Raleigh, N.C. — Wake County voters will have more choices of polling places during the first seven days of early voting following a ruling from the State Board of Elections Thursday afternoon.
The ruling came roughly seven hours after members of the state board began picking their way through decisions on how many locations and hours voters in 33 North Carolina counties will have to cast in-person early ballots. The whole process lasted about 12 hours.
Early voting begins Thursday Oct. 20 and closes Saturday Nov. 5.
"I am very pleased," said Mark Ezzell, the lone Democrat on Wake County's three-member board of elections. The two Republican members did not attend the state board meeting.
Those two Republican members, Eddie Woodhouse and Ellis Boyle, voted earlier this year for an early voting plan that opened 17 sites during the final 10 days of the early voting period. But during the first seven days of early voting, that GOP-favored "majority plan" would have opened only the downtown Wake County Board of Elections office for voting.
Ezzell and his lawyer, Press Millen, told the state board that, during the same seven-day time period in 2012, more than 72,000 Wake County voters cast early ballots.
That argument held sway with at least three state board members.
"I can't vote in clear conscience with the majority plan when I know it's a train wreck," state board member Joshua Malcolm said.
The final vote was 3-2, with Malcolm, fellow Democrat Maja Kricker and Republican Jim Baker backing the expanded plan. Republicans Rhonda Amoroso and Chairman Grant Whitney voted against it.
In addition to the downtown elections board office, Ezzell's plan sprinkles eight sites throughout the county, some in Republican strongholds.
Sunday voting key throughout the day
Court orders tossed out major parts of a 2013 state election law rewrite. While lawmakers had sought to ratchet down the early voting period to 10 days, the result of the court case means North Carolina will have a 17-day early voting period.
In August, three-member county boards of elections came to unanimous decisions on how to handle that expanded early voting period in 67 counties. But in 33, including Wake, Cumberland and Orange counties, board members were at odds.
The board received 1,783 comments on the plans in advance of Thursday's meeting, including 624 from Wake County and 166 from Orange County.
Painting with a broad brush, Democrats have generally favored expanding early voting, particularly on Sundays.
The state board has the option of choosing to impose the plans passed 2-1 by local boards, adopting the alternate plans put forward by the dissenting members or crafting its own plans.
Throughout much of the day, the most hotly contested conversations focused on whether to add Sunday voting hours when the original proposals left them out.
"People work diverse hours. People work nights. Sunday is an opportunity for people who don't get out," said Zeda Trice, the Democratic member of the Craven County Board of Elections.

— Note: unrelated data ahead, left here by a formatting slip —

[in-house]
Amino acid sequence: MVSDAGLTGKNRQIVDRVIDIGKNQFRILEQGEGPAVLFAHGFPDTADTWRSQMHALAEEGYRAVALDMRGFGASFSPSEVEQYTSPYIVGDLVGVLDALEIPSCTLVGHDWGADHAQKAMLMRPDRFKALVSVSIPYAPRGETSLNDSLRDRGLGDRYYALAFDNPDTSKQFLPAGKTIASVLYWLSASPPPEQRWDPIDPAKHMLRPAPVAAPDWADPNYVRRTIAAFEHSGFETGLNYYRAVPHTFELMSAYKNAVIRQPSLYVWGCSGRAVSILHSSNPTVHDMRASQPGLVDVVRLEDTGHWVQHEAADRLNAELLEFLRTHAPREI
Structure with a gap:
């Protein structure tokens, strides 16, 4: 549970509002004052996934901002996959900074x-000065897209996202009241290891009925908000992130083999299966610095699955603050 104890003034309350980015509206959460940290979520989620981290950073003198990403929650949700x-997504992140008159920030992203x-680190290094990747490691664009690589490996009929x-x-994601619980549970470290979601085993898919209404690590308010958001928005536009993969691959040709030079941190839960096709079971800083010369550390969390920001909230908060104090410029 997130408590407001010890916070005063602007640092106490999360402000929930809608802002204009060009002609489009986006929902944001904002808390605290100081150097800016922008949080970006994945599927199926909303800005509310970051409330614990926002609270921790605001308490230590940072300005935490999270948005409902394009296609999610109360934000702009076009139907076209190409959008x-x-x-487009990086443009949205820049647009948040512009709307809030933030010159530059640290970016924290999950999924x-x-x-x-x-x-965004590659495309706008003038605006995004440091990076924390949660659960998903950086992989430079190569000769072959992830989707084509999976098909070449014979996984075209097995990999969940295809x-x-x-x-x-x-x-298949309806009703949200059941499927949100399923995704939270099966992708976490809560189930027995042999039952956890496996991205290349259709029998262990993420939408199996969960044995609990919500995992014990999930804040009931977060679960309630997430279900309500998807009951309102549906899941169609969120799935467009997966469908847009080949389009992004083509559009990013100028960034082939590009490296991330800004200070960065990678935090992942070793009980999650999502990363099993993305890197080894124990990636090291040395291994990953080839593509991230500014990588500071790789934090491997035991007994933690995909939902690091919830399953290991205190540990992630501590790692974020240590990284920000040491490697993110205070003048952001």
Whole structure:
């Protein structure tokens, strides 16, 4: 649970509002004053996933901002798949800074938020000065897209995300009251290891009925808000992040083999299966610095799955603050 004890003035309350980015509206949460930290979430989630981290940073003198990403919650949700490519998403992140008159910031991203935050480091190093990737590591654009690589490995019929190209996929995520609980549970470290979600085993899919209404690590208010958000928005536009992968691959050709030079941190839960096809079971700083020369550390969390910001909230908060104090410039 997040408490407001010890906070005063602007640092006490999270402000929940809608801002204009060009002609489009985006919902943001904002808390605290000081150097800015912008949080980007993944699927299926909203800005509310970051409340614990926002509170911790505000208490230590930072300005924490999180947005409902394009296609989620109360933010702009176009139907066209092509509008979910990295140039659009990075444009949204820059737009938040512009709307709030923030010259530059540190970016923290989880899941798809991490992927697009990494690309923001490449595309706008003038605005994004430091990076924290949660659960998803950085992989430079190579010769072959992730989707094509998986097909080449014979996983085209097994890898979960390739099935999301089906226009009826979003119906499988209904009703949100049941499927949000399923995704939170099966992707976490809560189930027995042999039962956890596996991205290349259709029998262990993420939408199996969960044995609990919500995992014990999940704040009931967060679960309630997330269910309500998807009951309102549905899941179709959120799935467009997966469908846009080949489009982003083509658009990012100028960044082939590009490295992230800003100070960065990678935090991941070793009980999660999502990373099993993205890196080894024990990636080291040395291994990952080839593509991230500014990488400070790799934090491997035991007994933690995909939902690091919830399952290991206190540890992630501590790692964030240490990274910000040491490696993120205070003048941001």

At her urging, the state board added Sunday hours in her county.
But the board did not adopt a blanket approach. For example, in New Hanover County, where 44 percent of Sunday voters were African-Americans during the March primary, the state board adopted a plan with no Sunday voting hours. It did expand weekday hours at the urging of the county's Democratic member.
Sunday voting also was restored in Cumberland County, while Saturday hours were extended in Orange County.
Baker of the state board said he wanted to do what would make sense for each county.
"I'm not opposed to Sunday voting," he said, "but if they decided Sunday voting is not for them, I don't have any problem with that decision."
Prior to the meeting, some Republicans expressed skepticism about the need for a big expansions. Members of the state board said they received a letter from Rep. David Lewis, R-Harnett, and Sen. Bob Rucho, R-Mecklenburg, urging the board to tack on only the minimum required for the expanded seven-day period.
Democracy North Carolina, a left-leaning voter advocacy group, noted that 56 percent of voters cast early ballots statewide in 2012, so enough early voting needs to be available to avoid crushing lines at polling sites on Election Day.
"The Republicans – the leadership of the Republicans – have tried to manipulate the county plans," said Bob Hall, executive director of Democracy North Carolina. "They've encouraged their members to get rid of Sunday voting where it existed before, eliminate sites on campuses, reduce sites that helped Democrats and add sites to help Republicans."
Dallas Woodhouse, executive director the North Carolina Republican Party, said he understands early voting is convenient, but he said it can also be dangerous.
"An important part of the democratic process is having election monitors – having people watch the polls, making sure no side is doing something they shouldn't," Woodhouse said. "When it goes on a long time, that gets harder to do."